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Oxygen delivery index during goal-directed therapy predicts complications and hospital length of stay in patients undergoing high-risk surgery
Critical Care volume 16, Article number: P474 (2012)
The aim of this study was to evaluate the efficacy of a goal-directed therapy (GDT) protocol designed to augment the oxygen delivery index (DO2I) and to assess the relationship between DO2I measurements and postoperative complications and length of stay.
A single-centre retrospective cohort study assessing the data obtained during an 8-hour post-operative GDT protocol in consecutive major surgical patients admitted to the ICU.
Thirty-seven patients were included. The median DO2I increased over the 8-hour protocol from a baseline level of 407 ml/minute/m2 to a maximum of 537 ml/minute/m2 (P < 0.0001) (Figure 1). Twenty-one (57%) patients developed a postoperative complication. Patients who developed zero or one complication had a higher maximum oxygen delivery index DO2I than patients who had more than one complication (602 vs. 477 ml/minute/m2, P = 0.018) (Table 1). The proportion of patients with a length of stay greater than 2 weeks was less in patients who achieved a DO2I of at least 600 ml/minute/m2 (P = 0.035).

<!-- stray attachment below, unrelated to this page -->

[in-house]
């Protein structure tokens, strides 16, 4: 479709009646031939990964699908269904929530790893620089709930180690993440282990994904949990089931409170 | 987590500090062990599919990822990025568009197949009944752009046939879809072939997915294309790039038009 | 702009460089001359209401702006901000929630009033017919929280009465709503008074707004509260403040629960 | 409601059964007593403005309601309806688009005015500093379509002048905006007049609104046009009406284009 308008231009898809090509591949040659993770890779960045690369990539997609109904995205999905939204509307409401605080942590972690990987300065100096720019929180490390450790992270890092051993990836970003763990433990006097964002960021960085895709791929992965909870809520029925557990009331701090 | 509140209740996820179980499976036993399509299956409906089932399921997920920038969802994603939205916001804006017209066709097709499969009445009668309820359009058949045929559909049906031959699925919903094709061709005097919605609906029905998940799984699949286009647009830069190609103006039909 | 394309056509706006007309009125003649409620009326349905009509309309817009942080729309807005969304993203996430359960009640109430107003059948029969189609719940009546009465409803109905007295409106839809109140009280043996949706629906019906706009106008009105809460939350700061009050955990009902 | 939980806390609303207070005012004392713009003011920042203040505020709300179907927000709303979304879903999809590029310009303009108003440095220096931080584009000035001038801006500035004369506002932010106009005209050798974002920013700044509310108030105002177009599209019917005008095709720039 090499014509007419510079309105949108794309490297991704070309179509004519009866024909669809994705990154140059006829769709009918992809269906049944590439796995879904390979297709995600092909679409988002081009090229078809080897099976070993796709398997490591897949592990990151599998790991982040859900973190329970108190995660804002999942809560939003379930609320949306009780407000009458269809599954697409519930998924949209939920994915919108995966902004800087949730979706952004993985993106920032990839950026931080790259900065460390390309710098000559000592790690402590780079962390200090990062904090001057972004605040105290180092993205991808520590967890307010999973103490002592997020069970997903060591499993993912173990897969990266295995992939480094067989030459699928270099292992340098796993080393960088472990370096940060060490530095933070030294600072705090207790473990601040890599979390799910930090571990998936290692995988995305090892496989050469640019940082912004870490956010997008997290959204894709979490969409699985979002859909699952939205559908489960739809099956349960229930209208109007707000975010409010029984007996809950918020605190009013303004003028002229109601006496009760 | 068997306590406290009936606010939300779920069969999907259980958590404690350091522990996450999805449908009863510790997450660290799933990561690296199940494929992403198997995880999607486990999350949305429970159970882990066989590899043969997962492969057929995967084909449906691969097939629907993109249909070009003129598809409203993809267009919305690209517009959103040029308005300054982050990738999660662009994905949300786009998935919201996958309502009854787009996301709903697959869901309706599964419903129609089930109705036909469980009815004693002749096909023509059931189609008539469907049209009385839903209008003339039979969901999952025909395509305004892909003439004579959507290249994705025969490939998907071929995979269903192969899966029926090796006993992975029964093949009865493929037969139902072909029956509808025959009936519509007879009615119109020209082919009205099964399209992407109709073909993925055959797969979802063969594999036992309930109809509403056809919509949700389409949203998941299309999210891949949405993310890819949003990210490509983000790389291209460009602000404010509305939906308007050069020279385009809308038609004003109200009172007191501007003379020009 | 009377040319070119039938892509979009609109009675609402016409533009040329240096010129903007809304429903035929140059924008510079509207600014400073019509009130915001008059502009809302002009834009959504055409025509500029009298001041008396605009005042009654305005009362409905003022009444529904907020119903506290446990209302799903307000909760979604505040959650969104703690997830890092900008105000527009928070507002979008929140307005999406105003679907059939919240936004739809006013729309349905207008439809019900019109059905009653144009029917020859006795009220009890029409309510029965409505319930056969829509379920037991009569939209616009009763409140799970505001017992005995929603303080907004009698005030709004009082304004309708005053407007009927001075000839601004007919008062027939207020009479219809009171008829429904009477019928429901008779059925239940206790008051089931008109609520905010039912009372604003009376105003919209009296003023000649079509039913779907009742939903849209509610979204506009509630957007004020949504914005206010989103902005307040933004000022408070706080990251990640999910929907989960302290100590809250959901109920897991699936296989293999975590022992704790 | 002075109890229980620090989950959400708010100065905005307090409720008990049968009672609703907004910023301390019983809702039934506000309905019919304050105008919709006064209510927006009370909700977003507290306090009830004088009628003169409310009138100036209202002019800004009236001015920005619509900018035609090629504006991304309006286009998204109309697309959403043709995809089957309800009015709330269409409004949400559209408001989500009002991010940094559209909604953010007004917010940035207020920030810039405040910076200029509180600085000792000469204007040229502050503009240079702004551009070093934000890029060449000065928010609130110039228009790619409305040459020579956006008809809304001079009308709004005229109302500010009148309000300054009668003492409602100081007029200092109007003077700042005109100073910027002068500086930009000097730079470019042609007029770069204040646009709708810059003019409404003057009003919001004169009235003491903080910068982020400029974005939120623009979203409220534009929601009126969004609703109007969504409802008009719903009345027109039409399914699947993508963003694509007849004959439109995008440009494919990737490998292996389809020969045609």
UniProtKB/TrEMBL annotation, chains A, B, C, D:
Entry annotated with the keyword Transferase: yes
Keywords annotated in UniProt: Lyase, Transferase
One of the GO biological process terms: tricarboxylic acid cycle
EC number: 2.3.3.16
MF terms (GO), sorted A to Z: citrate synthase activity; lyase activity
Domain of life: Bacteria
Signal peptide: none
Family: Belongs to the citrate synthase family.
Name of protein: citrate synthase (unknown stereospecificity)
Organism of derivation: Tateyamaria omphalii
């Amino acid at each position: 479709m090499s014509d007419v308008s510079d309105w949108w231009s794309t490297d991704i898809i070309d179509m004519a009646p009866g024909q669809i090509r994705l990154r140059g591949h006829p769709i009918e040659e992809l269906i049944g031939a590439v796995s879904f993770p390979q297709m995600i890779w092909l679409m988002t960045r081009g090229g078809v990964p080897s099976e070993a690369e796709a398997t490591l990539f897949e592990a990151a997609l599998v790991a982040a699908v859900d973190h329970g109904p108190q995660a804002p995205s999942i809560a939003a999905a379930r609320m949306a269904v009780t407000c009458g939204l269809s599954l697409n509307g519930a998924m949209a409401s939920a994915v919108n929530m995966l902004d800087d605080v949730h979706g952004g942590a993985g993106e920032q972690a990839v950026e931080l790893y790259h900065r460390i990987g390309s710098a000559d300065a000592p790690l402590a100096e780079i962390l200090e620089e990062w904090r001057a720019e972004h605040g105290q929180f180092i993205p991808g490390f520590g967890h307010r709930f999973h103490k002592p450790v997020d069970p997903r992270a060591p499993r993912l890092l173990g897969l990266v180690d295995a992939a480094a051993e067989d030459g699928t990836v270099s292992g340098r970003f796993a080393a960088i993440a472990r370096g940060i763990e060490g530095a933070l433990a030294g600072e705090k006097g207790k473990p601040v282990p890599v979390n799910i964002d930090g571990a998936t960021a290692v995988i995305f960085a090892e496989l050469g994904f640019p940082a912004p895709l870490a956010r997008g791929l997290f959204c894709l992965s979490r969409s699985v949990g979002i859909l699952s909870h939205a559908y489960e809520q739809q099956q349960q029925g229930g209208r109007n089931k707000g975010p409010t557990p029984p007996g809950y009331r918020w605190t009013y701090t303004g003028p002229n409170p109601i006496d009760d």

Postoperative GDT was able to increase DO2I in the postoperative period. Patients who achieved a DO2I of 600 ml/minute/m2 were less likely to suffer postoperative complications and have a significantly reduced length of hospital stay.
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Cecconi, M., Arulkumaran, N., Suleman, R. et al. Oxygen delivery index during goal-directed therapy predicts complications and hospital length of stay in patients undergoing high-risk surgery. Crit Care 16, P474 (2012). https://doi.org/10.1186/cc11081
- Hospital Stay
- Postoperative Complication
- Postoperative Period
- Baseline Level
- Retrospective Cohort